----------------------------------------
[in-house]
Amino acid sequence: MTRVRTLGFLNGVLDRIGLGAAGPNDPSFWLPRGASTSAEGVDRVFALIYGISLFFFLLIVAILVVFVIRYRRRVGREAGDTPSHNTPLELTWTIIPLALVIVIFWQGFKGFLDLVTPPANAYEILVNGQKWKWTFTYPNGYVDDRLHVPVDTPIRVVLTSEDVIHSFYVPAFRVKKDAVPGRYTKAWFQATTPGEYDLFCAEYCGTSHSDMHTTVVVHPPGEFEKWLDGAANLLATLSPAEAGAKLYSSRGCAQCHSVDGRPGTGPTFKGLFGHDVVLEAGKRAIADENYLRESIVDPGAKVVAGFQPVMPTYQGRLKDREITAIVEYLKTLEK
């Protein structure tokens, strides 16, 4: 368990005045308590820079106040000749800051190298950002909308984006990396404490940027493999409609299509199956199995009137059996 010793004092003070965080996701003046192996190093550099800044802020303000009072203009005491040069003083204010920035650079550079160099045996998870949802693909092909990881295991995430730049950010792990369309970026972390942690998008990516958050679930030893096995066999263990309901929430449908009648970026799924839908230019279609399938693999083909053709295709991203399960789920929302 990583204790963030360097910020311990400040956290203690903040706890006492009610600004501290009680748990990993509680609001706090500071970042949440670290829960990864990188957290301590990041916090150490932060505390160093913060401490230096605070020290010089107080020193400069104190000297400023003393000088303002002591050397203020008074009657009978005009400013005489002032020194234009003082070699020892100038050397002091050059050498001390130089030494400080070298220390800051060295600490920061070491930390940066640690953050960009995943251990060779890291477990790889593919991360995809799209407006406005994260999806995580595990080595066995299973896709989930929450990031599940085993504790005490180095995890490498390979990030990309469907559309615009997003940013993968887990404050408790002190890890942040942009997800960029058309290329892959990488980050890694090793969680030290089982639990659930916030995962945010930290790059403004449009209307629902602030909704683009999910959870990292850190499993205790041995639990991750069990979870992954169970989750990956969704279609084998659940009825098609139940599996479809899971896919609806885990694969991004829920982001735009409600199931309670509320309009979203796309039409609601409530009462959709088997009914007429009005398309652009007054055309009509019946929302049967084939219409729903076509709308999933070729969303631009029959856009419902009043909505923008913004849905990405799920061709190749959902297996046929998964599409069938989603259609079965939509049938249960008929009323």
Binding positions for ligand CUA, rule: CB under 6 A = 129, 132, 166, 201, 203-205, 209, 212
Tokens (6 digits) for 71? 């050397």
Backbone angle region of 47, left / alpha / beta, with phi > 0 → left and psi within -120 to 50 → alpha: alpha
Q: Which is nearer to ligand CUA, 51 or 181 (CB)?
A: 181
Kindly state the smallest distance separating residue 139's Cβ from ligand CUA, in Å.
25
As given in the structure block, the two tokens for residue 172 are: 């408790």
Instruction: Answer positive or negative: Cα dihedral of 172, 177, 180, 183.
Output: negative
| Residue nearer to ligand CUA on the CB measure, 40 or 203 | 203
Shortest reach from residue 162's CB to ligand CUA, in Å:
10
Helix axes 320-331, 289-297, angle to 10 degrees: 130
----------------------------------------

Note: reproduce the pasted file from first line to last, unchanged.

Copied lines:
[in-house]
Amino acid sequence: MTRVRTLGFLNGVLDRIGLGAAGPNDPSFWLPRGASTSAEGVDRVFALIYGISLFFFLLIVAILVVFVIRYRRRVGREAGDTPSHNTPLELTWTIIPLALVIVIFWQGFKGFLDLVTPPANAYEILVNGQKWKWTFTYPNGYVDDRLHVPVDTPIRVVLTSEDVIHSFYVPAFRVKKDAVPGRYTKAWFQATTPGEYDLFCAEYCGTSHSDMHTTVVVHPPGEFEKWLDGAANLLATLSPAEAGAKLYSSRGCAQCHSVDGRPGTGPTFKGLFGHDVVLEAGKRAIADENYLRESIVDPGAKVVAGFQPVMPTYQGRLKDREITAIVEYLKTLEK
């Protein structure tokens, strides 16, 4: 368990005045308590820079106040000749800051190298950002909308984006990396404490940027493999409609299509199956199995009137059996 010793004092003070965080996701003046192996190093550099800044802020303000009072203009005491040069003083204010920035650079550079160099045996998870949802693909092909990881295991995430730049950010792990369309970026972390942690998008990516958050679930030893096995066999263990309901929430449908009648970026799924839908230019279609399938693999083909053709295709991203399960789920929302 990583204790963030360097910020311990400040956290203690903040706890006492009610600004501290009680748990990993509680609001706090500071970042949440670290829960990864990188957290301590990041916090150490932060505390160093913060401490230096605070020290010089107080020193400069104190000297400023003393000088303002002591050397203020008074009657009978005009400013005489002032020194234009003082070699020892100038050397002091050059050498001390130089030494400080070298220390800051060295600490920061070491930390940066640690953050960009995943251990060779890291477990790889593919991360995809799209407006406005994260999806995580595990080595066995299973896709989930929450990031599940085993504790005490180095995890490498390979990030990309469907559309615009997003940013993968887990404050408790002190890890942040942009997800960029058309290329892959990488980050890694090793969680030290089982639990659930916030995962945010930290790059403004449009209307629902602030909704683009999910959870990292850190499993205790041995639990991750069990979870992954169970989750990956969704279609084998659940009825098609139940599996479809899971896919609806885990694969991004829920982001735009409600199931309670509320309009979203796309039409609601409530009462959709088997009914007429009005398309652009007054055309009509019946929302049967084939219409729903076509709308999933070729969303631009029959856009419902009043909505923008913004849905990405799920061709190749959902297996046929998964599409069938989603259609079965939509049938249960008929009323």
Binding positions for ligand CUA, rule: CB under 6 A = 129, 132, 166, 201, 203-205, 209, 212
Tokens (6 digits) for 71? 């050397």
Backbone angle region of 47, left / alpha / beta, with phi > 0 → left and psi within -120 to 50 → alpha: alpha
Q: Which is nearer to ligand CUA, 51 or 181 (CB)?
A: 181
Kindly state the smallest distance separating residue 139's Cβ from ligand CUA, in Å.
25
As given in the structure block, the two tokens for residue 172 are: 């408790």
Instruction: Answer positive or negative: Cα dihedral of 172, 177, 180, 183.
Output: negative
| Residue nearer to ligand CUA on the CB measure, 40 or 203 | 203
Shortest reach from residue 162's CB to ligand CUA, in Å:
10
Helix axes 320-331, 289-297, angle to 10 degrees: 130